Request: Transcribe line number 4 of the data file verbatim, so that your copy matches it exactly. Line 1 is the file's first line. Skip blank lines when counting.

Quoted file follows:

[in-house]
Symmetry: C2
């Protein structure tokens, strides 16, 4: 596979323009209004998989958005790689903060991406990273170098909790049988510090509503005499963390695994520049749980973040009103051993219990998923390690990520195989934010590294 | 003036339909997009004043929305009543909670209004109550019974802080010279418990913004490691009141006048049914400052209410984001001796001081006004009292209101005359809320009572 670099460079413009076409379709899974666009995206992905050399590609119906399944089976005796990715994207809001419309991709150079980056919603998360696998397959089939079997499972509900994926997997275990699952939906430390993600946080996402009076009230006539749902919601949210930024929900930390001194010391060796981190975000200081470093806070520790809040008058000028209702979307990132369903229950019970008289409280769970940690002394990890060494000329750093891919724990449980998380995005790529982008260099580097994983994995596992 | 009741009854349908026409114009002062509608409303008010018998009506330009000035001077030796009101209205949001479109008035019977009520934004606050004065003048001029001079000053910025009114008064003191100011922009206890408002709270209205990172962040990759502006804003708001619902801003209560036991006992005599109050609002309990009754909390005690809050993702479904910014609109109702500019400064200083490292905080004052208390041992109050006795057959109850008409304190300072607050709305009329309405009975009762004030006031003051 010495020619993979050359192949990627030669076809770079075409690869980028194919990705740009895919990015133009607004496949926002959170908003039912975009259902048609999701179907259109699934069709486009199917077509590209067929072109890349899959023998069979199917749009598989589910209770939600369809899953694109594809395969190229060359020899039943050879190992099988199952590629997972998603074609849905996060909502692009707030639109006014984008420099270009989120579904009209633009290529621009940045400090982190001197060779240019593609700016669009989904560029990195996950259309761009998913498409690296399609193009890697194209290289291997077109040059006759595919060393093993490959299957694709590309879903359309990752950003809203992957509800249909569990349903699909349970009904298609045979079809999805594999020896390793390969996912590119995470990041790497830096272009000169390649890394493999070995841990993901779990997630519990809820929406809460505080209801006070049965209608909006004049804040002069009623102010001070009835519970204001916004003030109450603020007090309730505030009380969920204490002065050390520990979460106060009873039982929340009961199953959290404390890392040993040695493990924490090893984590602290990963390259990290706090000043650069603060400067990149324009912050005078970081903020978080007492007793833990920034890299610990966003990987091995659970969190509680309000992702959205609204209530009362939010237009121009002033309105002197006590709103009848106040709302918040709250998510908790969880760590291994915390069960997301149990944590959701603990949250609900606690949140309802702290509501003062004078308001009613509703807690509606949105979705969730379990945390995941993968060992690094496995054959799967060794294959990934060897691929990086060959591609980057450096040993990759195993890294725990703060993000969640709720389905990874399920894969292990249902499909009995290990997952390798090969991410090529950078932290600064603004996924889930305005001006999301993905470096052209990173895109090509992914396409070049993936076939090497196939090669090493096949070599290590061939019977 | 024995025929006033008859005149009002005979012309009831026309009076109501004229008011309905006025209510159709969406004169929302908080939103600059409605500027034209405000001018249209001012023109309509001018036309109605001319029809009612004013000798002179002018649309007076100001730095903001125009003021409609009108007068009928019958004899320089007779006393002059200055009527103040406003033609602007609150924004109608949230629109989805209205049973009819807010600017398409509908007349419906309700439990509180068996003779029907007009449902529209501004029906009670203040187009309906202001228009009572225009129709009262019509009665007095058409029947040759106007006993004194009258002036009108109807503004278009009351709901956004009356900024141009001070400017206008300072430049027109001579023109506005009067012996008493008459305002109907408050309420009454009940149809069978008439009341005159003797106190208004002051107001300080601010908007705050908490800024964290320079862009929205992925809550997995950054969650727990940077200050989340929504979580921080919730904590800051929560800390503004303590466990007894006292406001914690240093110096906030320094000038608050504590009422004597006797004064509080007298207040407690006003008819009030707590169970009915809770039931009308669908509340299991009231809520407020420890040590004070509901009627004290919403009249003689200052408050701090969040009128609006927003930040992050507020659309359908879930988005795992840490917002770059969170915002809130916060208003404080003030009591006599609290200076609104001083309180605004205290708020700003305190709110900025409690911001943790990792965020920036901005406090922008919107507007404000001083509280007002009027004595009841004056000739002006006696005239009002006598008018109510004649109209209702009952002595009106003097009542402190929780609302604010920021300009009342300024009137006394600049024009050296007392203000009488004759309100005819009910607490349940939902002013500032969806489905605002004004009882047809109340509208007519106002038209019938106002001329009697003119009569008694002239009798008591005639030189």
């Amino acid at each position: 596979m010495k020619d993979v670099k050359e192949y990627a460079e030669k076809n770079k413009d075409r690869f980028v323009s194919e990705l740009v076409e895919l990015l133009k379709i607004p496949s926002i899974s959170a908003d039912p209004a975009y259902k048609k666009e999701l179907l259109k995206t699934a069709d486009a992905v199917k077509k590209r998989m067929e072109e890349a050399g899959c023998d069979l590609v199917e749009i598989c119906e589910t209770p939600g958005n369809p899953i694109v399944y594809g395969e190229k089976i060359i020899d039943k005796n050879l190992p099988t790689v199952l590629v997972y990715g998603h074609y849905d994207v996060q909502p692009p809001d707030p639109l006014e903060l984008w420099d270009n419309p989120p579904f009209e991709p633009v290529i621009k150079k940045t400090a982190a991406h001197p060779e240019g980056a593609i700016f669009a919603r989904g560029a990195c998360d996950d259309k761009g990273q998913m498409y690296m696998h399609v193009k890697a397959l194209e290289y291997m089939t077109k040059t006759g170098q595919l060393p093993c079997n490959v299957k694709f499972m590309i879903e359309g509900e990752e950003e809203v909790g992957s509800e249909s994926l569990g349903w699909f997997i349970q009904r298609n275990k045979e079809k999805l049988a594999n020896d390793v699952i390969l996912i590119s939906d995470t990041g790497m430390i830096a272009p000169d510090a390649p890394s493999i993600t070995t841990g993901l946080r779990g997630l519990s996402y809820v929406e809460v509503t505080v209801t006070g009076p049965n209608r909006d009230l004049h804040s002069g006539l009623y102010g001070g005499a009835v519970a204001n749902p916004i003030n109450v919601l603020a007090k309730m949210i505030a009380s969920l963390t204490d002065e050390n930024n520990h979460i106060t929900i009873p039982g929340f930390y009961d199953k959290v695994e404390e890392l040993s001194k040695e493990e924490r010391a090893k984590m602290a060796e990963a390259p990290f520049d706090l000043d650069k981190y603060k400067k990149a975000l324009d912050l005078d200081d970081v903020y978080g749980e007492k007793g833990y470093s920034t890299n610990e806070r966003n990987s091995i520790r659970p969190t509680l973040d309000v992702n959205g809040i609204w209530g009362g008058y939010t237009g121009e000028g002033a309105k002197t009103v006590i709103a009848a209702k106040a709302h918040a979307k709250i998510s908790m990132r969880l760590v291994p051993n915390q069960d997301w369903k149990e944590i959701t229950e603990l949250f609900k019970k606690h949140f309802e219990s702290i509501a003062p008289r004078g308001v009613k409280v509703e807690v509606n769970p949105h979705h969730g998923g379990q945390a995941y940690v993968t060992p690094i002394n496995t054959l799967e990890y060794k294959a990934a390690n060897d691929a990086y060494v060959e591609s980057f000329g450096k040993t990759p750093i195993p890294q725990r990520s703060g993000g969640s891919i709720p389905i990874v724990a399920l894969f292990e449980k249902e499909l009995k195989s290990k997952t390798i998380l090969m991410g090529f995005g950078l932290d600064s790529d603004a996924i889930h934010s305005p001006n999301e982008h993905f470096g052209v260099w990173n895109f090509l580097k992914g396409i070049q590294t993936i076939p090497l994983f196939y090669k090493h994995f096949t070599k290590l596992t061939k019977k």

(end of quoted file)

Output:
């Amino acid at each position: 596979m010495k020619d993979v670099k050359e192949y990627a460079e030669k076809n770079k413009d075409r690869f980028v323009s194919e990705l740009v076409e895919l990015l133009k379709i607004p496949s926002i899974s959170a908003d039912p209004a975009y259902k048609k666009e999701l179907l259109k995206t699934a069709d486009a992905v199917k077509k590209r998989m067929e072109e890349a050399g899959c023998d069979l590609v199917e749009i598989c119906e589910t209770p939600g958005n369809p899953i694109v399944y594809g395969e190229k089976i060359i020899d039943k005796n050879l190992p099988t790689v199952l590629v997972y990715g998603h074609y849905d994207v996060q909502p692009p809001d707030p639109l006014e903060l984008w420099d270009n419309p989120p579904f009209e991709p633009v290529i621009k150079k940045t400090a982190a991406h001197p060779e240019g980056a593609i700016f669009a919603r989904g560029a990195c998360d996950d259309k761009g990273q998913m498409y690296m696998h399609v193009k890697a397959l194209e290289y291997m089939t077109k040059t006759g170098q595919l060393p093993c079997n490959v299957k694709f499972m590309i879903e359309g509900e990752e950003e809203v909790g992957s509800e249909s994926l569990g349903w699909f997997i349970q009904r298609n275990k045979e079809k999805l049988a594999n020896d390793v699952i390969l996912i590119s939906d995470t990041g790497m430390i830096a272009p000169d510090a390649p890394s493999i993600t070995t841990g993901l946080r779990g997630l519990s996402y809820v929406e809460v509503t505080v209801t006070g009076p049965n209608r909006d009230l004049h804040s002069g006539l009623y102010g001070g005499a009835v519970a204001n749902p916004i003030n109450v919601l603020a007090k309730m949210i505030a009380s969920l963390t204490d002065e050390n930024n520990h979460i106060t929900i009873p039982g929340f930390y009961d199953k959290v695994e404390e890392l040993s001194k040695e493990e924490r010391a090893k984590m602290a060796e990963a390259p990290f520049d706090l000043d650069k981190y603060k400067k990149a975000l324009d912050l005078d200081d970081v903020y978080g749980e007492k007793g833990y470093s920034t890299n610990e806070r966003n990987s091995i520790r659970p969190t509680l973040d309000v992702n959205g809040i609204w209530g009362g008058y939010t237009g121009e000028g002033a309105k002197t009103v006590i709103a009848a209702k106040a709302h918040a979307k709250i998510s908790m990132r969880l760590v291994p051993n915390q069960d997301w369903k149990e944590i959701t229950e603990l949250f609900k019970k606690h949140f309802e219990s702290i509501a003062p008289r004078g308001v009613k409280v509703e807690v509606n769970p949105h979705h969730g998923g379990q945390a995941y940690v993968t060992p690094i002394n496995t054959l799967e990890y060794k294959a990934a390690n060897d691929a990086y060494v060959e591609s980057f000329g450096k040993t990759p750093i195993p890294q725990r990520s703060g993000g969640s891919i709720p389905i990874v724990a399920l894969f292990e449980k249902e499909l009995k195989s290990k997952t390798i998380l090969m991410g090529f995005g950078l932290d600064s790529d603004a996924i889930h934010s305005p001006n999301e982008h993905f470096g052209v260099w990173n895109f090509l580097k992914g396409i070049q590294t993936i076939p090497l994983f196939y090669k090493h994995f096949t070599k290590l596992t061939k019977k």